Australia considers to lower voting age to 16https://indianexpress.com/article/news-archive/print/australia-considers-to-lower-voting-age-to-16/

Australia considers to lower voting age to 16

At 16,Australian youths can’t hold driving licenses or,in some states,drop out of school. But they could make or break governments in knife-edge elections under a draft proposal to lower the voting age from 18 years.

At 16,Australian youths can’t hold driving licenses or,in some states,drop out of school. But they could make or break governments in knife-edge elections under a draft proposal to lower the voting age from 18 years.

The proposal will be included in a public discussion paper on a range of potential reforms to the Australian electoral system released this year,Special Minister of State Joe Ludwig’s spokeswoman Sarah Cosson said on Tuesday.

Some welcome the proposal as a means of engaging young Australians in politics.

Others suspect Prime Minister Kevin Rudd,whose center-left Labor Party government is more popular with younger voters than the conservative opposition,is seeking political advantage.

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Australian National University political scientist Norm Kelly said the government won’t find a strong mood for change among the general public.

“Maybe the Labor government is flying a kite and seeing how it goes and if there’s general support,then they can use that support to get an advantage,” Kelly said.

“I’m in two minds whether there’s a need for it,and there doesn’t seem to be a big push to have it lowered,” he added.

Australia is one of the few countries in the world where voting is compulsory for all citizens over the age of 18. The proposal is for voting to be voluntary for 16- and 17-year-olds.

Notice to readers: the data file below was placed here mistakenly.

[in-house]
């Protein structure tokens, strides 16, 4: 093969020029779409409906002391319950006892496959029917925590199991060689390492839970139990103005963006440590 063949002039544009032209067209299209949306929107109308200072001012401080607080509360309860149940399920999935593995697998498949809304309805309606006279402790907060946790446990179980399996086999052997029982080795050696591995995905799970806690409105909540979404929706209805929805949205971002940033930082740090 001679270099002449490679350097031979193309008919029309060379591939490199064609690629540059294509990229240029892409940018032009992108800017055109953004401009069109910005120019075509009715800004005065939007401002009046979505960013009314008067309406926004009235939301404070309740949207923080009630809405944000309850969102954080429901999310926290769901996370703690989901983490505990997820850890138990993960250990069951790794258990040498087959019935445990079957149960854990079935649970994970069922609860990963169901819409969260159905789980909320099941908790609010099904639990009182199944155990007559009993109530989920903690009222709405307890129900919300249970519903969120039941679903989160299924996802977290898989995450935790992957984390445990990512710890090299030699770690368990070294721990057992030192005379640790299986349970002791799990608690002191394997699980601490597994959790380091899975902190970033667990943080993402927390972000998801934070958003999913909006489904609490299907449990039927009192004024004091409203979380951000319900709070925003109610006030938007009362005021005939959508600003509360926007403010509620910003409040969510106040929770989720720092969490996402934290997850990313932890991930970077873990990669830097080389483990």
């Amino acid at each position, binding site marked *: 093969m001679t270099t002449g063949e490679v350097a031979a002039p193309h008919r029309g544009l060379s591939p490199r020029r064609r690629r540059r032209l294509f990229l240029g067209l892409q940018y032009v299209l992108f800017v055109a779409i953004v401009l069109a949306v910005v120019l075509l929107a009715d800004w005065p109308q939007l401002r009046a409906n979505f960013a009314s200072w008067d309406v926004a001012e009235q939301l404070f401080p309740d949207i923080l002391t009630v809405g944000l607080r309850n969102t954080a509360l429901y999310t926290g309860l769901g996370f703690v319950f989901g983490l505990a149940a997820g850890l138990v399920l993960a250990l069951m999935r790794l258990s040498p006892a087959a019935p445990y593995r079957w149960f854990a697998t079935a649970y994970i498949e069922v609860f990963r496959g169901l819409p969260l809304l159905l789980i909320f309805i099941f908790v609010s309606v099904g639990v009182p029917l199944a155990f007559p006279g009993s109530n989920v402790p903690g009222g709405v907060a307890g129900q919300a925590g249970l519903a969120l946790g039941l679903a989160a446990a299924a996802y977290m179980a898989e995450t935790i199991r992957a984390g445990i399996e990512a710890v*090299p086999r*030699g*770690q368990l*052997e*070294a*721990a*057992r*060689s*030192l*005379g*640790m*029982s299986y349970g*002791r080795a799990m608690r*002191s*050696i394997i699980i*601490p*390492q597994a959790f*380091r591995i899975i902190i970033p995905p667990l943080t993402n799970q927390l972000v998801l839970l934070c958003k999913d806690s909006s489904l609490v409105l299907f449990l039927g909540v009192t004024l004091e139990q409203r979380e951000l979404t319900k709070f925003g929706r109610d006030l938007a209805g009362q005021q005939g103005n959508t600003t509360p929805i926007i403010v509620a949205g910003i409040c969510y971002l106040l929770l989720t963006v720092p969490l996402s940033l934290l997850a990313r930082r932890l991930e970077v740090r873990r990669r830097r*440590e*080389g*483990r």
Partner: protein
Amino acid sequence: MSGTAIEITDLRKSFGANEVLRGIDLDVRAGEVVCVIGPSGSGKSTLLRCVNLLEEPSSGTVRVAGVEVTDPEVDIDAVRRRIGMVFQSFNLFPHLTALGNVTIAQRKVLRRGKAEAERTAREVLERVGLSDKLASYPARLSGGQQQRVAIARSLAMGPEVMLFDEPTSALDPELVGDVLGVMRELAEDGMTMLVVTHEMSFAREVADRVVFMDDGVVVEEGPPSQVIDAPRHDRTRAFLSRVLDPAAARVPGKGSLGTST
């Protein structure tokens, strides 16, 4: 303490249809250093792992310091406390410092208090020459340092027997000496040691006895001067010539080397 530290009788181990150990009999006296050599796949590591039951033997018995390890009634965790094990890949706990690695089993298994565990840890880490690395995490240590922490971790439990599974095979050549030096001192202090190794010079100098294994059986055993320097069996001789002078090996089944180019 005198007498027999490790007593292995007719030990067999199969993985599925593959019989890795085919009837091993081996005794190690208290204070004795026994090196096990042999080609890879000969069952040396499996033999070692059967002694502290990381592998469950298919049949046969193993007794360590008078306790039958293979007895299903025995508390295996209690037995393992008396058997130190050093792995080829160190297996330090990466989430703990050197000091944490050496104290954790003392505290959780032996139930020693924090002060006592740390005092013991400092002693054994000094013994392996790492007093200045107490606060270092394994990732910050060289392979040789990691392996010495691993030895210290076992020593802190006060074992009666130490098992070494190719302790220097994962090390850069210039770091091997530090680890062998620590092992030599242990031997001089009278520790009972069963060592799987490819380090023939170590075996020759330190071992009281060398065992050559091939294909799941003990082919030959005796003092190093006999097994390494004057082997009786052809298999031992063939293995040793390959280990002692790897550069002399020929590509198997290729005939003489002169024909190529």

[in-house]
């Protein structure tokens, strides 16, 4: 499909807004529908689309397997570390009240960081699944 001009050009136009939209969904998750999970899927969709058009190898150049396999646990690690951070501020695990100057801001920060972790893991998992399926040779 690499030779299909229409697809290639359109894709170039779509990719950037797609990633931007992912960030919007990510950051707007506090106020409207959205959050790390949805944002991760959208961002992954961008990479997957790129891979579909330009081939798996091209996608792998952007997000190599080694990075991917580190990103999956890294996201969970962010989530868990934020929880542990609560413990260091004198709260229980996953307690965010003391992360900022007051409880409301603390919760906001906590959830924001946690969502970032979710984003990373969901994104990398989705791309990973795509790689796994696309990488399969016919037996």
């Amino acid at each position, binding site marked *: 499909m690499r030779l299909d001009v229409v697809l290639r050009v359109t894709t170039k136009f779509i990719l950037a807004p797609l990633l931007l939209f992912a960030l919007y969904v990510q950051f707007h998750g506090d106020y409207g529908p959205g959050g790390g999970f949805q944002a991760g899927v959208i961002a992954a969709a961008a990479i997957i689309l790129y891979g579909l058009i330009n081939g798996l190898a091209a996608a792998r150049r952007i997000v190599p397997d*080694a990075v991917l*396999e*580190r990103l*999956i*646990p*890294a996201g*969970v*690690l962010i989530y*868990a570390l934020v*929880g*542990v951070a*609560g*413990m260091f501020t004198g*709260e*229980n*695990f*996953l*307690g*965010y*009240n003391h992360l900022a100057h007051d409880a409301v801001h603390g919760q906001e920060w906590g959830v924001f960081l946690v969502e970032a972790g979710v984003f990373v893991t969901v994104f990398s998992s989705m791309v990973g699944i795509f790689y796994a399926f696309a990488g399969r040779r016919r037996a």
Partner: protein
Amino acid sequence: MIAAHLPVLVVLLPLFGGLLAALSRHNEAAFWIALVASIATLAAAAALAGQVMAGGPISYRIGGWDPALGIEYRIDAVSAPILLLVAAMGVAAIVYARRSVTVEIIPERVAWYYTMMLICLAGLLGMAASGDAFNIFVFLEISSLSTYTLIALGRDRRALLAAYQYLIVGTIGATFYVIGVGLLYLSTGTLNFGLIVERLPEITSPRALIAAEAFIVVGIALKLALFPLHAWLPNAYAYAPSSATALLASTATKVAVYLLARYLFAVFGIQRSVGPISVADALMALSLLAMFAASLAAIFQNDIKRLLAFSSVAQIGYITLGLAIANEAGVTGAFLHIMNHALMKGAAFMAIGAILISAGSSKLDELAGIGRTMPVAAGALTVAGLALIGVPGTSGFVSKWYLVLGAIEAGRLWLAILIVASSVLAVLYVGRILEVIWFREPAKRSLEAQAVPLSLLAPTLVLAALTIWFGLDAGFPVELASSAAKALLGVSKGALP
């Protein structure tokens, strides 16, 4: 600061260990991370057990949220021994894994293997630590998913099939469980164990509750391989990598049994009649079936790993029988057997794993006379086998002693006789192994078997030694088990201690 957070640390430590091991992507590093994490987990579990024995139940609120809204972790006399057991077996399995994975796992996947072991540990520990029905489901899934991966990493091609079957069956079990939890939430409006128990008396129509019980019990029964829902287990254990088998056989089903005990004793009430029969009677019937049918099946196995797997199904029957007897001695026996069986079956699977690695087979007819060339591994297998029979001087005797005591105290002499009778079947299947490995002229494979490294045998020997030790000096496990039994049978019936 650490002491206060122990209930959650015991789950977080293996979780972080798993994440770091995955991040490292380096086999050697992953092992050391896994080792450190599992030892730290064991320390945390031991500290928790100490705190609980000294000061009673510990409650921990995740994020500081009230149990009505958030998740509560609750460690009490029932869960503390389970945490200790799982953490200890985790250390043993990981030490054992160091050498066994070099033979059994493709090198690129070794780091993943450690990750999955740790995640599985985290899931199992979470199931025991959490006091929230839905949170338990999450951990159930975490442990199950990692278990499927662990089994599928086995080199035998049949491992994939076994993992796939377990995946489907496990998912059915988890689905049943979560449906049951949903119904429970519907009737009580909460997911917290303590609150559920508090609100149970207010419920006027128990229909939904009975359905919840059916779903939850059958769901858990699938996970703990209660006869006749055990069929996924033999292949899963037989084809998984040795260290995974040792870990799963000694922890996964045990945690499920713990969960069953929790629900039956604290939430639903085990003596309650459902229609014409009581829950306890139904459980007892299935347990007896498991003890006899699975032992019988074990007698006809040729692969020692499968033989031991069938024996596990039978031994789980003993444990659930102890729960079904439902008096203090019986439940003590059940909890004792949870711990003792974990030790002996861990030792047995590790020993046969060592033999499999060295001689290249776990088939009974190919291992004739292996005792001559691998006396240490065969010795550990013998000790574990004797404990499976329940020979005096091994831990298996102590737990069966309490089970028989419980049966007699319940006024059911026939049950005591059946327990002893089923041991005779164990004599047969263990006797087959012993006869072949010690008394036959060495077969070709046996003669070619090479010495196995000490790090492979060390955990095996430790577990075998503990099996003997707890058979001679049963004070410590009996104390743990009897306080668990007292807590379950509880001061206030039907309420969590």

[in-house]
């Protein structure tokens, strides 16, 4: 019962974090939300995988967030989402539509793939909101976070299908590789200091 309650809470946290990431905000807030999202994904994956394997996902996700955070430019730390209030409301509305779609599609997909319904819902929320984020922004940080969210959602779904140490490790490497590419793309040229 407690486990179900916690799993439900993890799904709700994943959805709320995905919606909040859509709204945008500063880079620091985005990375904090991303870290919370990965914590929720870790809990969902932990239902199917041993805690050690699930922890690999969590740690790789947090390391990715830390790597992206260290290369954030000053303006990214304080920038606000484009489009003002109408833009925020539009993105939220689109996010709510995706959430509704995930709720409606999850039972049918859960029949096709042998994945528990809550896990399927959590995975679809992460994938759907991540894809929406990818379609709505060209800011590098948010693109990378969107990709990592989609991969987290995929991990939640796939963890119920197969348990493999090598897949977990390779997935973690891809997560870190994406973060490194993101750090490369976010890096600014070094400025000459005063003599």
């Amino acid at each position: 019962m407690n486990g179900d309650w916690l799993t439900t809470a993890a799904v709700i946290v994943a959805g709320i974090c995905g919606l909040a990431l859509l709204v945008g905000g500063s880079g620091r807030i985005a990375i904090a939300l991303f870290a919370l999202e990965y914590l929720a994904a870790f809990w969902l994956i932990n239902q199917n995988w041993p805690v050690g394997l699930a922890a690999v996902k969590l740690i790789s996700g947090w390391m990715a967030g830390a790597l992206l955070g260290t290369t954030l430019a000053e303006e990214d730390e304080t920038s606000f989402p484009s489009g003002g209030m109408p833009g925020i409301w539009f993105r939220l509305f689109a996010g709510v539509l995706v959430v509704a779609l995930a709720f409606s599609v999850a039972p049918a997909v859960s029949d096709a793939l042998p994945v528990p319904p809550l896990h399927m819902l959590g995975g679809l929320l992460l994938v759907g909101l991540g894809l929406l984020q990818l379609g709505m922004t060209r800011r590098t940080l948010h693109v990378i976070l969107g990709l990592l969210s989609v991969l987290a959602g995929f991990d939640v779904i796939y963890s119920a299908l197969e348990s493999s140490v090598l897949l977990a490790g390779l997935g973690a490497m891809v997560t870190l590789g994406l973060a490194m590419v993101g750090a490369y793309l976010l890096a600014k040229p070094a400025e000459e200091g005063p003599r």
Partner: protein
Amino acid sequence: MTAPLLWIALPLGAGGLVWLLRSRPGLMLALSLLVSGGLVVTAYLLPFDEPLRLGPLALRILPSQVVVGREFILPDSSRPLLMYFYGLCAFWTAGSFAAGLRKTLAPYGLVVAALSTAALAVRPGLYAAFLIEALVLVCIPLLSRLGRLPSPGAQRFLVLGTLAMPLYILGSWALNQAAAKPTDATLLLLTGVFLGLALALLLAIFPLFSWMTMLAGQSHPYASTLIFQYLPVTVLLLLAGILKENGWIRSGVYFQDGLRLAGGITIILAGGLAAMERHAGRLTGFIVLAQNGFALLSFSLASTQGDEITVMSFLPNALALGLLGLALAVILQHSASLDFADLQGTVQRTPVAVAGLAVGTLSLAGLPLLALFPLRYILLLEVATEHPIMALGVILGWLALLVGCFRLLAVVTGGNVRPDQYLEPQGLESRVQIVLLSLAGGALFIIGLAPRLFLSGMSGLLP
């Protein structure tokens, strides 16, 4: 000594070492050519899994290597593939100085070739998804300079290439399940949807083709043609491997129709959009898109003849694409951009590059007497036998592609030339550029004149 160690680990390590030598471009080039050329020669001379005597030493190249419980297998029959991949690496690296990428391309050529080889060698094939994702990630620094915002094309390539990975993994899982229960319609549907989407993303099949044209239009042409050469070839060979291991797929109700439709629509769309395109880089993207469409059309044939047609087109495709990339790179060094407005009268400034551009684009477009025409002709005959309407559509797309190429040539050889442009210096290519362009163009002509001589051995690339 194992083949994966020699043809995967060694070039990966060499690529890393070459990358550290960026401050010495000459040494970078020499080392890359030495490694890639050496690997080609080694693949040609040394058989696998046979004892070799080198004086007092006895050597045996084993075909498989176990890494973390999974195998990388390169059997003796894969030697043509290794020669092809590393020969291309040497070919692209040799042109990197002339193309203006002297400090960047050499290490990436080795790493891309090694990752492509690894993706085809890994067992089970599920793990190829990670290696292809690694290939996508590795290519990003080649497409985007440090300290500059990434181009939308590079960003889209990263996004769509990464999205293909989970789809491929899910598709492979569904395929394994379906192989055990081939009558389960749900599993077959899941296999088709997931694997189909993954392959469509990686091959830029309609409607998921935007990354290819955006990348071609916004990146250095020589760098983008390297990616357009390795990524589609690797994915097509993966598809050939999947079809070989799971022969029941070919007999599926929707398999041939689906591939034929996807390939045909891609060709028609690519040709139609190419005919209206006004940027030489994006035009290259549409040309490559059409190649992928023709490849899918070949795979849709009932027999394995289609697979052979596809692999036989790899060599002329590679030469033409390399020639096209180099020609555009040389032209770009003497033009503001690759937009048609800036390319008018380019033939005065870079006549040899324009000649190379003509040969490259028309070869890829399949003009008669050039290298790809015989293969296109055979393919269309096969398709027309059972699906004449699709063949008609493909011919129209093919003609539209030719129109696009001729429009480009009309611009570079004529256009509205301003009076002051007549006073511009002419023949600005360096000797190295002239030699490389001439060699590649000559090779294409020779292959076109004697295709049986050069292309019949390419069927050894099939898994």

The change would take an act of Parliament. But opposition leader Malcolm Turnbull said the government cannot count on the Liberals’ support in a hostile senate for the change.

“I think 18 is about right,” Turnbull told Nine Network television on Monday.

Reducing the voting age was one of the top recommendations of a national summit,convened by Rudd last year,of 100 young community leaders aged 15 to 24 years.

One of those leaders,Reynato Roedica,said young people have long wanted more say on government policy on issues that affect them such as education and climate change.

“Young people within that age group do have a unique perspective that they bring to the political debate,particularly around issues that affect their lives,” said the 25-year-old executive officer of the Sydney-based Youth Action and Policy Association.

Australia’s voting age was cut from 21 to 18 after years of 20-year-old Australian men who could not vote being conscripted to fight in the Vietnam War.

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A newly elected Labor government ended conscription in 1972 and reduced the voting age the following year..